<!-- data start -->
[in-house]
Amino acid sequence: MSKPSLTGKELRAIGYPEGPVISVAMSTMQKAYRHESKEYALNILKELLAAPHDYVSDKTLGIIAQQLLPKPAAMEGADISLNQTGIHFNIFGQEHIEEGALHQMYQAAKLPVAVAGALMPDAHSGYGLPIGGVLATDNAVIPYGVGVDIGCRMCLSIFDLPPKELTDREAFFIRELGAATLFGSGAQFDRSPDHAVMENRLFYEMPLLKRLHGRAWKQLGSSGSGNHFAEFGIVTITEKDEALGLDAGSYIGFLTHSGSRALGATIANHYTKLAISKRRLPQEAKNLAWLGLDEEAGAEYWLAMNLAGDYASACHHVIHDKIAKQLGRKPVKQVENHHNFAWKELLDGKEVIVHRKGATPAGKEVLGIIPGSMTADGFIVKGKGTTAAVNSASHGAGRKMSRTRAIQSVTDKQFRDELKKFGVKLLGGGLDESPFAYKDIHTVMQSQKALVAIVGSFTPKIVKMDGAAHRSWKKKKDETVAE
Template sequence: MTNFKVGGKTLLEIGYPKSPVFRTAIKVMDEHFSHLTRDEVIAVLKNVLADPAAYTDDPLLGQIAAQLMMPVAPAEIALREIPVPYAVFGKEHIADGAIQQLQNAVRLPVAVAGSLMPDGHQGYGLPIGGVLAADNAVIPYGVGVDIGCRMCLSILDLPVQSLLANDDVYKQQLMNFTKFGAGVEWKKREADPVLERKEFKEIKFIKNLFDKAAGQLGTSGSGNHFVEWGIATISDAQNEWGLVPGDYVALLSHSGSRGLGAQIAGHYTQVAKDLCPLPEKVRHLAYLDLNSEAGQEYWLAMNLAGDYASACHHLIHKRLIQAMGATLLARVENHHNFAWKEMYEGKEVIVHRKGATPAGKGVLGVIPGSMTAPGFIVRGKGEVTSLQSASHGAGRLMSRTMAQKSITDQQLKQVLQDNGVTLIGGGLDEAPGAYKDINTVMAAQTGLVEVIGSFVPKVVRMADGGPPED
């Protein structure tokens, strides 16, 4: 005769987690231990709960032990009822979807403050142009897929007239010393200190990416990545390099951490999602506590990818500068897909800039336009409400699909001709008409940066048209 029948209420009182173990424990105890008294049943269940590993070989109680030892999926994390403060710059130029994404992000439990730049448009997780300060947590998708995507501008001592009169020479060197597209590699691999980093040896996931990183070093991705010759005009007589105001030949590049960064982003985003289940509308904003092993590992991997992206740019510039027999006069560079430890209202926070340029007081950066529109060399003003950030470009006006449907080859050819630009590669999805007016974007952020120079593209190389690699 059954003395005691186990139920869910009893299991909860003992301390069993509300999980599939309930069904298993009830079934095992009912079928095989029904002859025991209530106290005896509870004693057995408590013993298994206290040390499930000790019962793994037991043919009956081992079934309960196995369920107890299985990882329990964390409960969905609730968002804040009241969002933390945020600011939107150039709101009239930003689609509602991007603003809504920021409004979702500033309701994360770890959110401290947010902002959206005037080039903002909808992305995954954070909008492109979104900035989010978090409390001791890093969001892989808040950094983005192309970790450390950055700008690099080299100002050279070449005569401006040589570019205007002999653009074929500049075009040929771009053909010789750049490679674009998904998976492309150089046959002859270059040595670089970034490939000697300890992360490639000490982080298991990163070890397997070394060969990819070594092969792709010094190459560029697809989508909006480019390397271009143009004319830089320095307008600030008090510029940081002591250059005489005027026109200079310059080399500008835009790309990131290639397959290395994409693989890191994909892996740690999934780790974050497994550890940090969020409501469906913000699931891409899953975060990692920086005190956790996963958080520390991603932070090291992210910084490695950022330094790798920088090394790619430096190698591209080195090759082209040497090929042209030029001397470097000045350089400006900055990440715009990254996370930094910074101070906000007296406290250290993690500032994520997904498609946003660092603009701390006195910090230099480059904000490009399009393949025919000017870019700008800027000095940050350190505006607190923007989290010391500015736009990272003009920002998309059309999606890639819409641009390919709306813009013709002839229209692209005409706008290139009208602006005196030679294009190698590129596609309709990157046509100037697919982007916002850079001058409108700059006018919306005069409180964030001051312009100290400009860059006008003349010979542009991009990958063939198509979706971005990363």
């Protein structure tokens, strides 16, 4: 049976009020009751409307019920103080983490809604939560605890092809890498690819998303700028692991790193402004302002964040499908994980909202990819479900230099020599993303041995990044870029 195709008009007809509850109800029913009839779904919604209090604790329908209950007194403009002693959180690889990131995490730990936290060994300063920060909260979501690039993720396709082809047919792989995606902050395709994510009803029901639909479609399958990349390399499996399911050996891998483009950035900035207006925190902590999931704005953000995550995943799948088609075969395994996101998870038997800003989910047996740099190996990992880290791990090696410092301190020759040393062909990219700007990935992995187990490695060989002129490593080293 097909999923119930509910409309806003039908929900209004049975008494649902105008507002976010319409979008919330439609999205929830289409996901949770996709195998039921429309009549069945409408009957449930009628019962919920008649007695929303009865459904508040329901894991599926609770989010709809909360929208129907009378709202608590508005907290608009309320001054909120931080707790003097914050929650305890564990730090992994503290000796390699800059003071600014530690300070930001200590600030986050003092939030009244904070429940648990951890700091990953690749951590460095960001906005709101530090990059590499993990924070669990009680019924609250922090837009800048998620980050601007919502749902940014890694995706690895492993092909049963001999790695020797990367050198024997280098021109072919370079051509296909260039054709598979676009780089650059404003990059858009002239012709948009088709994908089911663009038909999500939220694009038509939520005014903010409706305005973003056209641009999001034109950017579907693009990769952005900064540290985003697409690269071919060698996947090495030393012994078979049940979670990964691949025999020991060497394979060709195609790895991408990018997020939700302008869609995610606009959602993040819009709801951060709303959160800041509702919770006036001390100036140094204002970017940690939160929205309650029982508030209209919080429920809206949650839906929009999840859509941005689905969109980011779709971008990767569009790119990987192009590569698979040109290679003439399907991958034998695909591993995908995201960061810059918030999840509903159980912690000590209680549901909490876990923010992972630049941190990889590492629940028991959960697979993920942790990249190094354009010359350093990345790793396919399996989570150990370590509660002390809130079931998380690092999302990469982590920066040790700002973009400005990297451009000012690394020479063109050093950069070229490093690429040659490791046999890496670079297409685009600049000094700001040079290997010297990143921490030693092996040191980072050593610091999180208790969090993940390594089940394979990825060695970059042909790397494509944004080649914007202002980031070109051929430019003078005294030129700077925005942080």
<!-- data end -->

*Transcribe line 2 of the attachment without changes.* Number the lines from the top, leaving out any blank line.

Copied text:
Amino acid sequence: MSKPSLTGKELRAIGYPEGPVISVAMSTMQKAYRHESKEYALNILKELLAAPHDYVSDKTLGIIAQQLLPKPAAMEGADISLNQTGIHFNIFGQEHIEEGALHQMYQAAKLPVAVAGALMPDAHSGYGLPIGGVLATDNAVIPYGVGVDIGCRMCLSIFDLPPKELTDREAFFIRELGAATLFGSGAQFDRSPDHAVMENRLFYEMPLLKRLHGRAWKQLGSSGSGNHFAEFGIVTITEKDEALGLDAGSYIGFLTHSGSRALGATIANHYTKLAISKRRLPQEAKNLAWLGLDEEAGAEYWLAMNLAGDYASACHHVIHDKIAKQLGRKPVKQVENHHNFAWKELLDGKEVIVHRKGATPAGKEVLGIIPGSMTADGFIVKGKGTTAAVNSASHGAGRKMSRTRAIQSVTDKQFRDELKKFGVKLLGGGLDESPFAYKDIHTVMQSQKALVAIVGSFTPKIVKMDGAAHRSWKKKKDETVAE